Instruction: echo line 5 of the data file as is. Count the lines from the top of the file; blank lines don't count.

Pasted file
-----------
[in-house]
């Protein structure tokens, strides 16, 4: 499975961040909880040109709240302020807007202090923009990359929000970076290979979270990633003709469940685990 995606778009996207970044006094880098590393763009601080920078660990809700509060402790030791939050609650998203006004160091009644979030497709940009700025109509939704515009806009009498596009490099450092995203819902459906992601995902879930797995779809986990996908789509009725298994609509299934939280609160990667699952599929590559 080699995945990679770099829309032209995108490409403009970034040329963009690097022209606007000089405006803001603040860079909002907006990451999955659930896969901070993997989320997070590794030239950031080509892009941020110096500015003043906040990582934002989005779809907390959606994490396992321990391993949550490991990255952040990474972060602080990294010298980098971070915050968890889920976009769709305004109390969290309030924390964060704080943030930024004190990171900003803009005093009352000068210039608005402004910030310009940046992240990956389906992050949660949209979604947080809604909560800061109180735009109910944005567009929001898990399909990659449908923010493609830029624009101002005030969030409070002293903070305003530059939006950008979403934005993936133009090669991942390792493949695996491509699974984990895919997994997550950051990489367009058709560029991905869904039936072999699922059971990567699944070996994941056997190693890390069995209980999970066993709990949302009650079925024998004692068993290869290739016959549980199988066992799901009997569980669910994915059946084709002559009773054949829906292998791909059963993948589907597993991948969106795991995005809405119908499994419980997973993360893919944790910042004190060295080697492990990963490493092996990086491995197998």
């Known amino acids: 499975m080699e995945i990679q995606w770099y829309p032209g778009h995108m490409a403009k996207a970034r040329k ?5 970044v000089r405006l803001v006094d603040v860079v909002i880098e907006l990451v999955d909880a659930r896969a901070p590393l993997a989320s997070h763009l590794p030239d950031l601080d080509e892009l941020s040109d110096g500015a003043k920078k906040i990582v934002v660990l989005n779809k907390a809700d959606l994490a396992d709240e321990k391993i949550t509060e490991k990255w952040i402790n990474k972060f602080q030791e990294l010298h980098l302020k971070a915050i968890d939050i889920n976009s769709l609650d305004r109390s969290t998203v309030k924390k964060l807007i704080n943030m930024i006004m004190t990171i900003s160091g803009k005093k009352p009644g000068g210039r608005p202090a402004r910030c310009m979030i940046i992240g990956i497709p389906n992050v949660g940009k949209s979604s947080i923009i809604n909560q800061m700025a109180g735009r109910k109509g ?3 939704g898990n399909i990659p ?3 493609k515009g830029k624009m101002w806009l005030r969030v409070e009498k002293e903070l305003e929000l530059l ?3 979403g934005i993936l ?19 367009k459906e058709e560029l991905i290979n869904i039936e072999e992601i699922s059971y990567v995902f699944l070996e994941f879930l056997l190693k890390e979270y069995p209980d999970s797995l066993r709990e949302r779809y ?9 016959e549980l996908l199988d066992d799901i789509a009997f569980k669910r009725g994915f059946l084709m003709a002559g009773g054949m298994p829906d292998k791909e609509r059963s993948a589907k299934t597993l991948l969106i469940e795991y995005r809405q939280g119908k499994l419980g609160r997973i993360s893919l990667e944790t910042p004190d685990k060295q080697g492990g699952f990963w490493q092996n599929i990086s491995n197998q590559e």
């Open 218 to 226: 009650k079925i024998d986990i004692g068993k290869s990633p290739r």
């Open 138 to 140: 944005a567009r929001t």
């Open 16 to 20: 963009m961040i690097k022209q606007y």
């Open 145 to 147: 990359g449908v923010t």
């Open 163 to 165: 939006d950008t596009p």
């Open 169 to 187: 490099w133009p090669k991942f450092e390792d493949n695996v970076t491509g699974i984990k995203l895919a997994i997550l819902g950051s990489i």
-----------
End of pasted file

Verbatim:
């Open 138 to 140: 944005a567009r929001t």